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Animal Necessity is celebrating our 10 year anniversary! Our dedication and passion to help animals of all shapes and sizes drives us to be a part of many organizations and activities all throughout the world. From research to beach cleanups, we do whatever it takes to help make a positive impact on animals everywhere.

Scroll down or use the menu below to check out what we've been up to!

Research    Coastal Steward    Reef Restoration    Go Green!    Orca Awareness

14
Number of research programs that we're involved in using our products and ingredients found in them.
8
Number of studies that have been completed over the past 10 years.

Great morning for Coastal Steward's beach cleanup in Biscayne National Park!! More then 50 volunteers showed up to help us reach our goal of cleaning one ton of trash off the beaches at Elliot Key!

#beachcleanup #biscaynepark coastalsteward #oneocean #animalnecessity #beaches

View Coastal Steward Florida Chapter on Facebook

Florida key corals such as Staghorn (Acropora cervicornis) and Elkhorn (Acropora palmata) are facing local extinction from various environmental stressors.

The Coral Restoration Foundation is a non-profit conservation organization dedicated to creating off-shore nurseries and restoration programs for threatened coral species. These "home grown" corals are successfully raised and outplanted at reef sites.

Here Joe and Jo (co-founders of Animal Necessity) spent the day getting their coral restoration certification planting new corals in Key Largo. We welcome all to join this amazing association so our children will be able to see the beautiful natural corals in the future.

"My favorite part," said Dr. Johanna Mejia-Fava, "was after we outplanted one of the new corals, a few reef fish came and started to eat from it, it was amazing to see this."

Here are some Animal Necessity tips on ways to go green with your animals:
  • Have your pets spayed or neutered. Pet overpopulation is a major tax on the community and environment.
  • Ditch the dryer: When bathing your dog, instead of using a blow dryer, towel dry your wet pooch instead to reduce energy use.
  • Pick up after your pets and use biodegradable products. Cut back on paper products: To pick up pet messes, use old rags that can be thrown in the wash instead of using paper towels.
  • Don't buy toys and clothes for your pets that are vinyl, nylon, or plastic. Compost their poop.
  • Tag your pet!
  • It might be a stretch to call inserting an electronic ID chip into your pet an eco-friendly move, but losing your buddy causes extreme emotional distress that turns you into nobody's friend. Then there's the paper waste from printing out Missing posters, the fuel cost of driving around your neighborhood trying to find them. For hanging tags, check out these recyclable (and recycled) aluminium ID tags and these WaggTaggs made from recycled silver.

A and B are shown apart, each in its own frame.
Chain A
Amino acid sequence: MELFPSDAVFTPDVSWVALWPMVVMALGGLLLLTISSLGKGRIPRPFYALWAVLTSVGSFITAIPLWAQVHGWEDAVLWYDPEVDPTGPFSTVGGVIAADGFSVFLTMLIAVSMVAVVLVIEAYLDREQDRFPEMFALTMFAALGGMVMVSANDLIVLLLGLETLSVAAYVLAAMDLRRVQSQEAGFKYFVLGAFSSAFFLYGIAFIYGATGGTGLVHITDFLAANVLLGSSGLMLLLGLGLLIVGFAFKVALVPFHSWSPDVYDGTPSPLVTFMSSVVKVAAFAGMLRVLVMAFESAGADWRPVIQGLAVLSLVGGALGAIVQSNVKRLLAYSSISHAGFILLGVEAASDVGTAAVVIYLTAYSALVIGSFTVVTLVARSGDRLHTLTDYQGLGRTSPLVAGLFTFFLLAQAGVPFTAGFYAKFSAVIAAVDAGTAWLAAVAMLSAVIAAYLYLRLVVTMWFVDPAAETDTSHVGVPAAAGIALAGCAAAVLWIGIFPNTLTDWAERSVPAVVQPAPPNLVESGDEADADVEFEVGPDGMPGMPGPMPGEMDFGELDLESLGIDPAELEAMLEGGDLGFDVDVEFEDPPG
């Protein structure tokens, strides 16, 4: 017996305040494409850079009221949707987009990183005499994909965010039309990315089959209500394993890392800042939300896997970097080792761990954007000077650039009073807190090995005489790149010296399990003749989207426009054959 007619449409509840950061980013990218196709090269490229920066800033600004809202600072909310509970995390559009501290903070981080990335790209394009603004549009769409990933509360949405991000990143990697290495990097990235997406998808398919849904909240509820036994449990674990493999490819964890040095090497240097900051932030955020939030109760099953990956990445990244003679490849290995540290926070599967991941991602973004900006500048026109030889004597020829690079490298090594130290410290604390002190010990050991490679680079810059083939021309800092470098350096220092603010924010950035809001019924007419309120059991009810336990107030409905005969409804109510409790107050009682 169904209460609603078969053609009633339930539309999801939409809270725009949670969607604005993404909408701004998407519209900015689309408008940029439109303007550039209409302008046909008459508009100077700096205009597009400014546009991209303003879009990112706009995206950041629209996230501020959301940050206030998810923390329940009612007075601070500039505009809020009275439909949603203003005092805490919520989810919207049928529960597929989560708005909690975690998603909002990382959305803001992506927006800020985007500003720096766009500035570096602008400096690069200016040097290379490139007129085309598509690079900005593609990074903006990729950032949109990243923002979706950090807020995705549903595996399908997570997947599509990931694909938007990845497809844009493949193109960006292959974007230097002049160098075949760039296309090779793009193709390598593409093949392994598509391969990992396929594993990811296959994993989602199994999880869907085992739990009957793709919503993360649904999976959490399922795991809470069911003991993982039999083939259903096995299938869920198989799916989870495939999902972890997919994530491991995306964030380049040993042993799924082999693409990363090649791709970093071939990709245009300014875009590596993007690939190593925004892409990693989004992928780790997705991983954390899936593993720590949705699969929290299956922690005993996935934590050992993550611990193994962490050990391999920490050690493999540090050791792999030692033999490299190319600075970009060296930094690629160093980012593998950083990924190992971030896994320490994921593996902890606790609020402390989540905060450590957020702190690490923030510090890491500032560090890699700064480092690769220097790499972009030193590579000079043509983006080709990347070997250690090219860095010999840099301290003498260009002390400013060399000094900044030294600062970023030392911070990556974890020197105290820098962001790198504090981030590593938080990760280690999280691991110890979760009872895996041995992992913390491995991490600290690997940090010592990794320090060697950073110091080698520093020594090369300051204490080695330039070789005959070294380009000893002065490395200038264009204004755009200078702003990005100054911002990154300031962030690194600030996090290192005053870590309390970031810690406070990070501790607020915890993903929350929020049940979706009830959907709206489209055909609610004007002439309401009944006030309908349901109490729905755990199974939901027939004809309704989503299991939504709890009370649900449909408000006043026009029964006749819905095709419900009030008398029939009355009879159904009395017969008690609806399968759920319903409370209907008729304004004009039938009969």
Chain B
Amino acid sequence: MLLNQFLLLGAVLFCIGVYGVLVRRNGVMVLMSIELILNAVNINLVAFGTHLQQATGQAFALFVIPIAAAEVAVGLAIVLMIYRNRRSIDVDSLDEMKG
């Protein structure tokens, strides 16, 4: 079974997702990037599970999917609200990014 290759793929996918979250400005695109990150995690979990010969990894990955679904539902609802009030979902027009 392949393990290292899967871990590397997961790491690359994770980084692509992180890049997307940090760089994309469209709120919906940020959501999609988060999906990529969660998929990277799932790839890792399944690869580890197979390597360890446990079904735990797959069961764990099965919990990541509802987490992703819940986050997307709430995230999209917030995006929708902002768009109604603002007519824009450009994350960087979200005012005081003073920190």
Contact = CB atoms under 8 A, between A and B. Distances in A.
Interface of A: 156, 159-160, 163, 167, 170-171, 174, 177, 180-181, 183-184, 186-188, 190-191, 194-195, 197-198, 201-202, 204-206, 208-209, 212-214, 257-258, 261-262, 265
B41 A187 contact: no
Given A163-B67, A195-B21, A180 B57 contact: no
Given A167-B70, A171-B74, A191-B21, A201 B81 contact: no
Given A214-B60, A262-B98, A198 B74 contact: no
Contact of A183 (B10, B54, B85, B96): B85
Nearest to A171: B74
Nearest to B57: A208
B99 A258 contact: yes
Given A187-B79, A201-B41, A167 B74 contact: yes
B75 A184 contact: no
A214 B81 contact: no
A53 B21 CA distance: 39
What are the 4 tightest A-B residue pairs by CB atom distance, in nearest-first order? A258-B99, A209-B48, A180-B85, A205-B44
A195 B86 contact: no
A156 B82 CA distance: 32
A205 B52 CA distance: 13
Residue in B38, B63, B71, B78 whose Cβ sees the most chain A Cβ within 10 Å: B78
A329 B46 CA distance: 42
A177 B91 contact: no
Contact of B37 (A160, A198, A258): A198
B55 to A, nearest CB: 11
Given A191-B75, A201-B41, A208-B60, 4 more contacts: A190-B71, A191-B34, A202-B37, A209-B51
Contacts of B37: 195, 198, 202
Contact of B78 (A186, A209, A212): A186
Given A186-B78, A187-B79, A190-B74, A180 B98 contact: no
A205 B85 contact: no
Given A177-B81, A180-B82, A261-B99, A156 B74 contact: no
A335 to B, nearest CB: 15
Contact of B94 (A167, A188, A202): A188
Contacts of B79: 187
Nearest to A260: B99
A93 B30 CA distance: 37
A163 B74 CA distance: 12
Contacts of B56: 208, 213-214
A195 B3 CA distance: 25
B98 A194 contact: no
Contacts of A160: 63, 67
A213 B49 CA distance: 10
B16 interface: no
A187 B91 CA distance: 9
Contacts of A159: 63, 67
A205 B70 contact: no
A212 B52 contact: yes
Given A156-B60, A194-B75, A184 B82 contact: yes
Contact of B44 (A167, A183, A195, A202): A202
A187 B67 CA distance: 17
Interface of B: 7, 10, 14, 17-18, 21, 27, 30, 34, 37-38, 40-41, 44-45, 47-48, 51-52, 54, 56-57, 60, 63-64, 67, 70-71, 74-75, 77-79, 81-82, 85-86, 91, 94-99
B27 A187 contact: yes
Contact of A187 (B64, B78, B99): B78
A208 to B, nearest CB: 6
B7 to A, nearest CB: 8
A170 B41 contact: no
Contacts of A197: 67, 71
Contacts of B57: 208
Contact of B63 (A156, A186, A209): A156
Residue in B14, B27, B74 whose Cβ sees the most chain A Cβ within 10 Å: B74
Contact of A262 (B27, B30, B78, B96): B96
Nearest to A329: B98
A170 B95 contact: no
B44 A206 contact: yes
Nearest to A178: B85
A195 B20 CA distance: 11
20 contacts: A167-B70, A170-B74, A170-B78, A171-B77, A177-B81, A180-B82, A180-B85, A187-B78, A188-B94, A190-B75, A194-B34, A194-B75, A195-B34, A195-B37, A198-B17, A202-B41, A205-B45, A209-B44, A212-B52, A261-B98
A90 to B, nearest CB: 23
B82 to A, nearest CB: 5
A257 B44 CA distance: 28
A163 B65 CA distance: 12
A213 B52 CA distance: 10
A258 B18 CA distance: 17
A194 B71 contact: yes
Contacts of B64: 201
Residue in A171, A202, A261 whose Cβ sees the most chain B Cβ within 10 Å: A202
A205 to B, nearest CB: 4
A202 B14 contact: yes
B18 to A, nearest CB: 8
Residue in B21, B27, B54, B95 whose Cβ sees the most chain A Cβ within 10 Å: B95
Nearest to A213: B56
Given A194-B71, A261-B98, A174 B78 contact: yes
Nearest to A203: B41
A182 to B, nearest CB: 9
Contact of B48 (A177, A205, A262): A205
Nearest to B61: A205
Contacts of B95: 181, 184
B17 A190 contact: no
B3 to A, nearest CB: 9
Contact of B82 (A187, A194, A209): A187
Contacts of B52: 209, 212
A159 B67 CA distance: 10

• Make friends with vinegar: For pet accidents on the carpet, soak the stain in 50% vinegar and 50% water, then dab it with a rag. You can also use baking soda to eliminate any powerful leftover odors. Use natural pet-care and cleaning products.
  • Use Eco-friendly cat litter: A good pine litter is environmentally friendly and better for your cat's health and respiratory system than mined mineral litters. Examples of these litters are Unconditional™, ExquisiCat®, and Feline Pine™.

Camille Meehan is an artist from the Pacific Northwest making an effort to increase public awareness of the endangered Southern Resident Orcas by creating adorable orca birth announcements.

While performing the customary function of a birth announcement, ala "It's a girl!" the announcements also serve to educate the population on the challenges facing the population as a whole. Some of the biggest problems the orcas face are pollution and starvation.

What can you do to help? Work to keep ocean waters clean by not dumping medications, food scraps or garbage down the drain and by washing your car at the car wash not in the driveway. Always do your best to reduce, reuse and recycle to limit the amount of trash in the sea. Use natural yard care techniques and reduce pesticide and fertilizer use as that can drain from your yard into the waterways and kill off the foundation of the orcas' food pyramid.

Help keep the new baby orcas fed by supporting your local Salmon habitat reconstruction organizations. Finally, please consider a contribution to the Center for Whale Research an organization dedicated to the study and conservation of the Southern Resident Orca. Together we can save these beautiful and intelligent animals.

You can read more on Orca Awareness Month on Camille's website.